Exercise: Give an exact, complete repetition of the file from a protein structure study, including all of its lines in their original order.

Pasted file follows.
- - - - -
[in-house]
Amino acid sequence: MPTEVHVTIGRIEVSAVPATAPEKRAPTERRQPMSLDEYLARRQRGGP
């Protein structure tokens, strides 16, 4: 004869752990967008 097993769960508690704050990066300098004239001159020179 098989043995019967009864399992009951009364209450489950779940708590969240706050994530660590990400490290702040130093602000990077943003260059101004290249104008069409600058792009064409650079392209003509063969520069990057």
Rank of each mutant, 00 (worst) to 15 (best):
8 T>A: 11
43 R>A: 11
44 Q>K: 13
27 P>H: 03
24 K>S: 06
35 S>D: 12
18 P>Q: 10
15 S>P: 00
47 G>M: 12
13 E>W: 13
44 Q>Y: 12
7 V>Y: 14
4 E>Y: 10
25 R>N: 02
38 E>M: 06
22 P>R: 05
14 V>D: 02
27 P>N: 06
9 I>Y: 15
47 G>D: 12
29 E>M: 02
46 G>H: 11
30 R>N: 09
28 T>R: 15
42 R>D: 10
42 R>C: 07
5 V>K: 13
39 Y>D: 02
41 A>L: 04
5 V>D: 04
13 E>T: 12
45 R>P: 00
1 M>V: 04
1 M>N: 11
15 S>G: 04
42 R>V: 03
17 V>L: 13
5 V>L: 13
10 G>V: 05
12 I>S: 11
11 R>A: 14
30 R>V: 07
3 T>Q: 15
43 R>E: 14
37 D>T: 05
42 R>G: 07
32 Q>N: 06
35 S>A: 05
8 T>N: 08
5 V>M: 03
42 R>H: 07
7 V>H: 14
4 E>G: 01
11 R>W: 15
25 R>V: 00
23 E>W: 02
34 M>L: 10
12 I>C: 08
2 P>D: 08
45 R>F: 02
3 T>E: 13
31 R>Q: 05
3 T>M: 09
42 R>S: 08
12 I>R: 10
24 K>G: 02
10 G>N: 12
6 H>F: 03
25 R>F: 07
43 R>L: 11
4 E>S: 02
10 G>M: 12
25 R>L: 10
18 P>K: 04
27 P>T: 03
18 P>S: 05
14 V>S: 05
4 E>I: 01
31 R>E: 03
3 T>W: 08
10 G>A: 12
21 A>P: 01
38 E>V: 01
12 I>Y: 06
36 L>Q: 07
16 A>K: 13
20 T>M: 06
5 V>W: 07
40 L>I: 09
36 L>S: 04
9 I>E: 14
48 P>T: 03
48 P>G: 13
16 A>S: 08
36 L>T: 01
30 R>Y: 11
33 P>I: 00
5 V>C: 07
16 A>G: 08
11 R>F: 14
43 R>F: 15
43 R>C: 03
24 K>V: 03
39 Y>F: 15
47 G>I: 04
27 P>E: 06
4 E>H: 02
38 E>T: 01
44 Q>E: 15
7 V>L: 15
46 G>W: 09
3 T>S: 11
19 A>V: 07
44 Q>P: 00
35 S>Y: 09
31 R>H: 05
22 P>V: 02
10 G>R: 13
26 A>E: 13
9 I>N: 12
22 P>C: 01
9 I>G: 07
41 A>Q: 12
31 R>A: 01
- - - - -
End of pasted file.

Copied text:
[in-house]
Amino acid sequence: MPTEVHVTIGRIEVSAVPATAPEKRAPTERRQPMSLDEYLARRQRGGP
């Protein structure tokens, strides 16, 4: 004869752990967008 097993769960508690704050990066300098004239001159020179 098989043995019967009864399992009951009364209450489950779940708590969240706050994530660590990400490290702040130093602000990077943003260059101004290249104008069409600058792009064409650079392209003509063969520069990057």
Rank of each mutant, 00 (worst) to 15 (best):
8 T>A: 11
43 R>A: 11
44 Q>K: 13
27 P>H: 03
24 K>S: 06
35 S>D: 12
18 P>Q: 10
15 S>P: 00
47 G>M: 12
13 E>W: 13
44 Q>Y: 12
7 V>Y: 14
4 E>Y: 10
25 R>N: 02
38 E>M: 06
22 P>R: 05
14 V>D: 02
27 P>N: 06
9 I>Y: 15
47 G>D: 12
29 E>M: 02
46 G>H: 11
30 R>N: 09
28 T>R: 15
42 R>D: 10
42 R>C: 07
5 V>K: 13
39 Y>D: 02
41 A>L: 04
5 V>D: 04
13 E>T: 12
45 R>P: 00
1 M>V: 04
1 M>N: 11
15 S>G: 04
42 R>V: 03
17 V>L: 13
5 V>L: 13
10 G>V: 05
12 I>S: 11
11 R>A: 14
30 R>V: 07
3 T>Q: 15
43 R>E: 14
37 D>T: 05
42 R>G: 07
32 Q>N: 06
35 S>A: 05
8 T>N: 08
5 V>M: 03
42 R>H: 07
7 V>H: 14
4 E>G: 01
11 R>W: 15
25 R>V: 00
23 E>W: 02
34 M>L: 10
12 I>C: 08
2 P>D: 08
45 R>F: 02
3 T>E: 13
31 R>Q: 05
3 T>M: 09
42 R>S: 08
12 I>R: 10
24 K>G: 02
10 G>N: 12
6 H>F: 03
25 R>F: 07
43 R>L: 11
4 E>S: 02
10 G>M: 12
25 R>L: 10
18 P>K: 04
27 P>T: 03
18 P>S: 05
14 V>S: 05
4 E>I: 01
31 R>E: 03
3 T>W: 08
10 G>A: 12
21 A>P: 01
38 E>V: 01
12 I>Y: 06
36 L>Q: 07
16 A>K: 13
20 T>M: 06
5 V>W: 07
40 L>I: 09
36 L>S: 04
9 I>E: 14
48 P>T: 03
48 P>G: 13
16 A>S: 08
36 L>T: 01
30 R>Y: 11
33 P>I: 00
5 V>C: 07
16 A>G: 08
11 R>F: 14
43 R>F: 15
43 R>C: 03
24 K>V: 03
39 Y>F: 15
47 G>I: 04
27 P>E: 06
4 E>H: 02
38 E>T: 01
44 Q>E: 15
7 V>L: 15
46 G>W: 09
3 T>S: 11
19 A>V: 07
44 Q>P: 00
35 S>Y: 09
31 R>H: 05
22 P>V: 02
10 G>R: 13
26 A>E: 13
9 I>N: 12
22 P>C: 01
9 I>G: 07
41 A>Q: 12
31 R>A: 01